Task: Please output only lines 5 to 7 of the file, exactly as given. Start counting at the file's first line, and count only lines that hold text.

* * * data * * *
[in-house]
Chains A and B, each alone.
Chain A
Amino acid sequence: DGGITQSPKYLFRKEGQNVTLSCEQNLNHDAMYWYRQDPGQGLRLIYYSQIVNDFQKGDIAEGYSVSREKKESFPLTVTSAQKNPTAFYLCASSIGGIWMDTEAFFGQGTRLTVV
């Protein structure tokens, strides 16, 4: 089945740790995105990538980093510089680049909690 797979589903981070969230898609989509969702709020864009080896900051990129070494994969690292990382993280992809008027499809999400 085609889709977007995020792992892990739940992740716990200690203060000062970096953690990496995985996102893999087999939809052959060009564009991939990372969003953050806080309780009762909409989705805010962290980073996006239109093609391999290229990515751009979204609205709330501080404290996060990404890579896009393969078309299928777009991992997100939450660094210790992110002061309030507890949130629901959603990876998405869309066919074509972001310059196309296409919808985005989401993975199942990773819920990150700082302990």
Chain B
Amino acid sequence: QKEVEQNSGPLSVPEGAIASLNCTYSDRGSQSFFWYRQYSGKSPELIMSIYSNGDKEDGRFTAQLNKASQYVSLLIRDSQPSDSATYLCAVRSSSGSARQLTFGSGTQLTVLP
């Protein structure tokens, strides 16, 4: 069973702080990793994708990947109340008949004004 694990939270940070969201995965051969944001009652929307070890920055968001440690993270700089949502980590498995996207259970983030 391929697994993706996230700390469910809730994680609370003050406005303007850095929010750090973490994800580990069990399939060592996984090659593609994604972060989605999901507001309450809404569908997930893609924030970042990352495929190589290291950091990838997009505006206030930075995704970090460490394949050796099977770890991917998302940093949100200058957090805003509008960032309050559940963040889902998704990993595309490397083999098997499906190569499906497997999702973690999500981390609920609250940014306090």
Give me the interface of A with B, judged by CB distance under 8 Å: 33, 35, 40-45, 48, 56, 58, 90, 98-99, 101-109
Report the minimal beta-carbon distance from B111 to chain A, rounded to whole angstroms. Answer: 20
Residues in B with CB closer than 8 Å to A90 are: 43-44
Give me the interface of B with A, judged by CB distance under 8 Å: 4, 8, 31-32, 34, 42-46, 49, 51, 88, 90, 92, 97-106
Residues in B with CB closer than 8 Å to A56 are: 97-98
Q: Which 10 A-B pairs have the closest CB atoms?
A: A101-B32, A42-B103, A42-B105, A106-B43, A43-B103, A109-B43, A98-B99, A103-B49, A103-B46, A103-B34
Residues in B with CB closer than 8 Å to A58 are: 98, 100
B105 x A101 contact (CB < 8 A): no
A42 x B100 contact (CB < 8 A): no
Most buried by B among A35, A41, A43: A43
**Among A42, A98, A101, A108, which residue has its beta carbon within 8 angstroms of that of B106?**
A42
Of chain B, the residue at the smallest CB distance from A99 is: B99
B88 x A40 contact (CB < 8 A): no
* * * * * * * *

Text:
């Protein structure tokens, strides 16, 4: 089945740790995105990538980093510089680049909690 797979589903981070969230898609989509969702709020864009080896900051990129070494994969690292990382993280992809008027499809999400 085609889709977007995020792992892990739940992740716990200690203060000062970096953690990496995985996102893999087999939809052959060009564009991939990372969003953050806080309780009762909409989705805010962290980073996006239109093609391999290229990515751009979204609205709330501080404290996060990404890579896009393969078309299928777009991992997100939450660094210790992110002061309030507890949130629901959603990876998405869309066919074509972001310059196309296409919808985005989401993975199942990773819920990150700082302990």
Chain B
Amino acid sequence: QKEVEQNSGPLSVPEGAIASLNCTYSDRGSQSFFWYRQYSGKSPELIMSIYSNGDKEDGRFTAQLNKASQYVSLLIRDSQPSDSATYLCAVRSSSGSARQLTFGSGTQLTVLP